Posted by: SJS | June 29, 2017

USN Beneficiary Slip – Making a will

In going through the paperwork in my father’s Navy file, I came across his Beneficiary Slip which would direct “the payment of 6 months’ pay to the widow, children, or dependent relative of any of the personnel on the active list of the Regular Navy…”  The form is dated June 25, 1943 when my father was about six months shy of his 19th birthday and still a brand new graduate of Northeast Catholic High School in Philadelphia.  The middle portion of the form did not apply to him so it is stamped “Not Married.”  The bottom of the form contains the name of his father, my grandfather, George F. Stahley who my father designated as his beneficiary.  I can only begin to imagine what must have gone through my father’s mind when he first held this form in his hands.

Despite it’s bureaucratic drabness and the artless hand stamps of his service number, hometown, and date,  this simple piece of official Navy paperwork carries the solemn and sober information about a young man who has joined the Armed Forces of his nation and will likely be in harm’s way and may never return.  George J (Red) Stahley had made his will on that late June day in 1943 and in another year, he would find himself in North Africa supporting the invasion of Southern France in the summer of D-Day.  There he would quickly realize that the prospect of not returning home was not a theoretical possibility but something he would live with every day.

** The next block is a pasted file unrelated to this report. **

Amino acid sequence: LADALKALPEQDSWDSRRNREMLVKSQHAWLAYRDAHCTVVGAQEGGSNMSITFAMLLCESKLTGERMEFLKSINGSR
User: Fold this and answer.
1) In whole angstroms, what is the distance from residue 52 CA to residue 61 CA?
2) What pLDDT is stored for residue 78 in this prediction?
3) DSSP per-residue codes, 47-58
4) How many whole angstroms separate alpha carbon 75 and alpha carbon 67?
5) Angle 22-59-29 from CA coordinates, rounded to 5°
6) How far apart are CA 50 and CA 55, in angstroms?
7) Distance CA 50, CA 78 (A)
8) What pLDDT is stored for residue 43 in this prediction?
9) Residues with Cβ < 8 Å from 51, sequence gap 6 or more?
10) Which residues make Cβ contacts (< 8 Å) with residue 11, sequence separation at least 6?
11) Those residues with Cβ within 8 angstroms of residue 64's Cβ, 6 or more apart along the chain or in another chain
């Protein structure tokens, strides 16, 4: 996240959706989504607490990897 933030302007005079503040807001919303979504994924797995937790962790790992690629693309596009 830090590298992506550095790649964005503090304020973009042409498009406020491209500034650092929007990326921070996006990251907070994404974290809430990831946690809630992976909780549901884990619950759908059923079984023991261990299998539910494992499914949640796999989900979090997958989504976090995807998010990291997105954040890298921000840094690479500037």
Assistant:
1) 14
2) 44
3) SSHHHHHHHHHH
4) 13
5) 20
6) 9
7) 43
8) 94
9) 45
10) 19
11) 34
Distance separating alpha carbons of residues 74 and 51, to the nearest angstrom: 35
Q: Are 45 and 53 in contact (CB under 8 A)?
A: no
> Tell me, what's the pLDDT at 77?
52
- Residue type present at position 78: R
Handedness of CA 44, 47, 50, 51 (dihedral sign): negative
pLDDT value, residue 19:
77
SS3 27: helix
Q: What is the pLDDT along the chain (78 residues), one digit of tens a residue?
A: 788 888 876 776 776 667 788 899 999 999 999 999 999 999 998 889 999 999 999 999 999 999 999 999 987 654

Although it seems like just another piece of official paperwork in a personnel file with lots of other similar forms, this Beneficiary Slip has its own story to tell–and quite a serious story it is.   In simple, unadorned lines that must be completed, the US Government requires to know how to “direct the payment of 6 months’ pay” to whoever may be left behind should this sailor not return from the war.

As we approach the celebration of our nation’s independence on July 4th, I’ve found that this simple form makes for excellent reading about the real cost of freedom and those brave men and women who have been willing to lay everything on the line and do their duty on behalf of us all.  As we celebrate the day of our nation’s founding, let us offer a word of gratitude for all those who have served us with such dignity and courage in the Armed Forces of our nation.

Have a happy and safe July 4th!

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Responses

  1. An excellent post with a message we all should read and take to heart!

    • Thanks very much, GP. I always appreciate your supportive words. Hope you had a great July 4th.

  2. Six months pay…….if I am not mistaken, a month’s pay was about $50.

    • You’re probably right–pretty meager pay, even in those days. Thanks for posting.


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